Bloody queue jumpers. Here’s me with a pile of stuff from the last few weeks to trawl through (a good half-dozen things remain unlistened-to, with two more arriving today and more next week), and just as I start to get things in some semblance of working order, this comes and barges in without a by-your-leave and it’s taking up all my time. Thankfully, in true British style, I can take all of this in my stride with only the tiniest and most imperceptible of “Well, honestly“s and a couple of tuts before carrying on as though nothing happened. Bowie’s going to have to wait a couple of days.
Try as I might, I don’t think that this will ever be a regular occurrence – in my defence however, Saturday is currently the one day of the week I don’t work, so I tend to sleep right through them nowadays rather than seek out fresh compilations to badly wax lyrical about. Nice bit of serendipity today though, as this arrived today (ahead of Monday’s release – one of the benefits of buying direct from a label), I’m already awake and it’s far too cold to go outside and do anything anyway.
I must admit I know very little about Tim Hardin, other than that his story is a troubled one and full of every cautionary pointer for any aspiring singer-songwriter to heed. What I do know is that he left a rich legacy of much-covered work, and that my own attraction to this collection was piqued by the wealth of artists lending their talents to this tribute. A general rule of thumb (such a weird phrase to retain in modern language – look it up!) for me when buying non-charity compilations or tributes to unfamiliar subjects is naturally based upon the assembled artists and whether there are enough I like to warrant forking out the necessary; thankfully there is a veritable host of the familiar and the essential, plus a couple of others who I’d been meaning to give a listen to elsewhere and the remainder made up of interesting unknown quantities. So this compilation should be tailor-made for this desk.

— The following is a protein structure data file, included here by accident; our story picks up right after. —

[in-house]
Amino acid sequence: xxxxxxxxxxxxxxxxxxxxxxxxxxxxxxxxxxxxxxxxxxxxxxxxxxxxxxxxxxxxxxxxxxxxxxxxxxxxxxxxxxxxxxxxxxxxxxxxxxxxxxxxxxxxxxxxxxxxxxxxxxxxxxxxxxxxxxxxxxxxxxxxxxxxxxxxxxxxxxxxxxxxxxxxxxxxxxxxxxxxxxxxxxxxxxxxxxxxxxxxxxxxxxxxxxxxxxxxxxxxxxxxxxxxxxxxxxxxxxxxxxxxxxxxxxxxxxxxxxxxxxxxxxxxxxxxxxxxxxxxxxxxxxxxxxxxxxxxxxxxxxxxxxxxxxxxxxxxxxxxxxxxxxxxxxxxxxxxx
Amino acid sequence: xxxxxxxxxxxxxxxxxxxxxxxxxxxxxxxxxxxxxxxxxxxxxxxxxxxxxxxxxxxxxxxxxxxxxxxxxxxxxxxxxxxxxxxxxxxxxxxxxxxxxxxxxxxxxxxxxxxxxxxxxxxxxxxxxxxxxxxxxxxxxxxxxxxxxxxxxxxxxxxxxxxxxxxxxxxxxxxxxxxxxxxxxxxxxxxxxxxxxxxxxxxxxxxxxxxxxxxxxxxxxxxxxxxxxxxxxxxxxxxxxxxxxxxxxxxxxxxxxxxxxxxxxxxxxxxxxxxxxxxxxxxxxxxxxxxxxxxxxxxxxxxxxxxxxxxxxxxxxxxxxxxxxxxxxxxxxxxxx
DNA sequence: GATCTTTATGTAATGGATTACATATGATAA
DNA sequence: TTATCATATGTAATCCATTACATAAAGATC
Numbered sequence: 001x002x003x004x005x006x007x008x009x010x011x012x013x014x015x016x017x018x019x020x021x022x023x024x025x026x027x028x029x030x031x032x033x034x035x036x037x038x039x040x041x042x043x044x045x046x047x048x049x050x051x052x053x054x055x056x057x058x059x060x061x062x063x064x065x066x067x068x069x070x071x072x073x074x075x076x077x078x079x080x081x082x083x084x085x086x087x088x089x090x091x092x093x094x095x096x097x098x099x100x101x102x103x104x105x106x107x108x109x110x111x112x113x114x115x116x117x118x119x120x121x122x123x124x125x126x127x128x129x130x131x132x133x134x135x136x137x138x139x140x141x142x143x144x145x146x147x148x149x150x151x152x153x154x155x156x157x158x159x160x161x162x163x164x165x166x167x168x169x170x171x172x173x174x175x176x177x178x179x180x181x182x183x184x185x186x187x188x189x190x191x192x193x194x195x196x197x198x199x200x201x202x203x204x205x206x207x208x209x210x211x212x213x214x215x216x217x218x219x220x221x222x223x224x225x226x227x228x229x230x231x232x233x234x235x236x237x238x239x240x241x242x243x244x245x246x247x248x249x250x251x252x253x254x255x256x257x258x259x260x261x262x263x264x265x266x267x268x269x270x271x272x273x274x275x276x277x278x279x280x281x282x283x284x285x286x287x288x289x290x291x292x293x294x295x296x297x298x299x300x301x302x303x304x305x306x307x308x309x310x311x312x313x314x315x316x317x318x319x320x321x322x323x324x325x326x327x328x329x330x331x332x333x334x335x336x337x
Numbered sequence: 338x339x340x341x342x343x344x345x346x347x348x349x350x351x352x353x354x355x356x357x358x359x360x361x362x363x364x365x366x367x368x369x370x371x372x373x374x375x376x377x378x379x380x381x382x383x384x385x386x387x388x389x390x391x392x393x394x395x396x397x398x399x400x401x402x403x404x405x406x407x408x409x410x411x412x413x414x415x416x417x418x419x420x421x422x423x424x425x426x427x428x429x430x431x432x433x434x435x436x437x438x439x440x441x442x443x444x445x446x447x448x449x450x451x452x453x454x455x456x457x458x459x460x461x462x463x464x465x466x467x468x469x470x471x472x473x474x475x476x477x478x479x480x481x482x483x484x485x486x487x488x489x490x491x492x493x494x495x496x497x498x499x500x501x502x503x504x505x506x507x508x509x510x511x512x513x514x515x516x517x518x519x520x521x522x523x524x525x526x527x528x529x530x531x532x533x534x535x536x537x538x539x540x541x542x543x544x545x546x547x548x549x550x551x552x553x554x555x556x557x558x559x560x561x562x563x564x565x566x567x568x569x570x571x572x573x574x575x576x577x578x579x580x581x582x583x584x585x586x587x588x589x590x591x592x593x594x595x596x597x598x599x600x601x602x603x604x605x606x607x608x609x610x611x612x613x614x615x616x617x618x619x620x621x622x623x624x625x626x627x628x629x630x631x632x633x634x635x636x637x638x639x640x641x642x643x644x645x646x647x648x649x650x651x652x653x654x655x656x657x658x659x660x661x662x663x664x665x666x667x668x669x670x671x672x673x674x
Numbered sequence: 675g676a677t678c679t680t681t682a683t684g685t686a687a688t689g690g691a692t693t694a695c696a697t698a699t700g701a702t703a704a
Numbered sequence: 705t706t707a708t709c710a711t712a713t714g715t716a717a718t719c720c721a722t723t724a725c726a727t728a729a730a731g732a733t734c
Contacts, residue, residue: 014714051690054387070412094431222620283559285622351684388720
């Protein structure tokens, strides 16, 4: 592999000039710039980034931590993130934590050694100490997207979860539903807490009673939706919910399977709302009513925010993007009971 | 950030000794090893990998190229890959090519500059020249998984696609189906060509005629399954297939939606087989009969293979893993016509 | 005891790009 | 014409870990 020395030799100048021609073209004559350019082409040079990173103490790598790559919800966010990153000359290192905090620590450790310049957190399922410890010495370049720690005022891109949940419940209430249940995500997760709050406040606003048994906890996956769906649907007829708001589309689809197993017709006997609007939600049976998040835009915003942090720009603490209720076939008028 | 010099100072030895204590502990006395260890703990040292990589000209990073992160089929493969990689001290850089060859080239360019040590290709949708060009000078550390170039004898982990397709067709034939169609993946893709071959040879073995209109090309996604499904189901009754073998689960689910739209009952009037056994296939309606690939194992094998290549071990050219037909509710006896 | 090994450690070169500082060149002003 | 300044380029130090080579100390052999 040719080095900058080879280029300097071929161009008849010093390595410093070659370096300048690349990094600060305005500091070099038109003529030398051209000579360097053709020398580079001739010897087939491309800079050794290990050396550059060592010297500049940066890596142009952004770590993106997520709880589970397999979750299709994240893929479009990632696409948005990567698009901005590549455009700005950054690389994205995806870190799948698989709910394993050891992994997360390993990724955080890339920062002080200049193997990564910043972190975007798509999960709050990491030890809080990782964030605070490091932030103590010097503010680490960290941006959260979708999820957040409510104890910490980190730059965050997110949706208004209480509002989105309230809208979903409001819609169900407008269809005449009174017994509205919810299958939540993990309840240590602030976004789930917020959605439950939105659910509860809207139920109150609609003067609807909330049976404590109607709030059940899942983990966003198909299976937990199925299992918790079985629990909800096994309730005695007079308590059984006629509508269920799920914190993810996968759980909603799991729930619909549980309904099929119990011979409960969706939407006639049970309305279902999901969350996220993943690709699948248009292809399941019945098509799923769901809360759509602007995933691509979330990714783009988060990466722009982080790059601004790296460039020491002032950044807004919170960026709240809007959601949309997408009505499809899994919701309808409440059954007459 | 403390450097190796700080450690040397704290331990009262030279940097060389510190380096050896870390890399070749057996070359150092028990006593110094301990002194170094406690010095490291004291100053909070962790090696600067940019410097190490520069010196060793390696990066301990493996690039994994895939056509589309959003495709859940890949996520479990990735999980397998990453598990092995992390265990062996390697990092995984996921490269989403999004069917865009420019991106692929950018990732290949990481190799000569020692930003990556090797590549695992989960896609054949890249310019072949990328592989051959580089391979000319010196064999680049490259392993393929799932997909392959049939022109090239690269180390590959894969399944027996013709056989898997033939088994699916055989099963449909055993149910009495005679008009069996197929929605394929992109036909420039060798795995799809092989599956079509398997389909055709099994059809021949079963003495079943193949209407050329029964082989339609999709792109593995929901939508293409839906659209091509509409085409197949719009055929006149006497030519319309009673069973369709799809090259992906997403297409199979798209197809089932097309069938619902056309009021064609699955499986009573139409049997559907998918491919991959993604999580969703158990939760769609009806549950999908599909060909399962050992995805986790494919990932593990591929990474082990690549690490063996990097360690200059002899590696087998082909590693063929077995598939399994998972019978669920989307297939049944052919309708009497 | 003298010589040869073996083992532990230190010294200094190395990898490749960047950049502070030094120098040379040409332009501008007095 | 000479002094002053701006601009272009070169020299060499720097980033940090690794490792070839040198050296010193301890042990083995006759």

I’m writing this in a bit of a mood, to be honest. I was flattened by a migraine yesterday so missed the first of two shows at Jodrell Bank (last year’s show with the Flaming Lips was a stunner), and overnight we had a month’s worth of rain in one go, so tonight’s gig with Paul Weller is cancelled. Ah well, maybe next year…
On the plus side, my “I’ve got a record player again!” epiphany is paying dividends, to the point where the “From the Past” section (and the section why this whole malarkey exists) is going to suddenly and oddly expand with each “I don’t remember owning that”/thing that’s never been reissued or digitised. If I ever get round to it, a “stuff out of the attic” section may or not appear soon. I’ve got to get it all transferred over to the compy first, so this may not happen any time soon and it won’t be very highbrow, given some of the shockers up there…
Only 5 whatevs this week, I’ve got ironing to do before the football and a shopping list for the attic.
The problem with starting this nonsense early enough to get it all finished before Santa doesn’t bring me any of the stuff I asked for yet again, is that I’m still hearing new stuff and in one particular case, being utterly blown away by it. So, what’ll probably happen is that I shall cheat even more than I already have done and include a joint “something in the top 3″, as I’m not sure exactly where it’s going to go yet. Something as good as this (which I hope to find the time to witter properly about sometime this week) can’t be left out.
Anyway, more on that when I get round to it – bit gutted that Joseph Arthur’s show in Manchester tomorrow (or, as it’s now know, today – as this took longer than I thought it would) is cancelled as I was really looking forward to that, although with any luck I’ll be off to see Sleepy Sun on Tuesday instead providing the temperature doesn’t drop any further than it already has done. Then again, they might be just the ticket to put the cold out my head for an hour or two…
One of the things I like about many of my favourite bands and artists is that they work in ways that go against standard practice, not least because each of these bands are not rigidly staffed; instead choosing to employ wider circles of friends and other interested parties so that ideas remain fresh and the art that is created is cross-pollenated across many bands and genres to the benefit of creator and consumer alike.
A name that springs up on more occasions than most is that of Alain Johannes, whose monicker can be found all over a host of records from many like-minded and open-minded colleagues. It seems weird to me that although I have never actively sought out anything with his name attached to it (which is purely my fault), it’s always a pleasant reassurance when it’s there, like some sort of manufacturer’s guarantee of quality.
So it ended up being a no-brainer to pick this album up as soon as I could, to bring someone from my musical peripheral vision into the centre of attention. And the shift in focus makes for a very welcome record.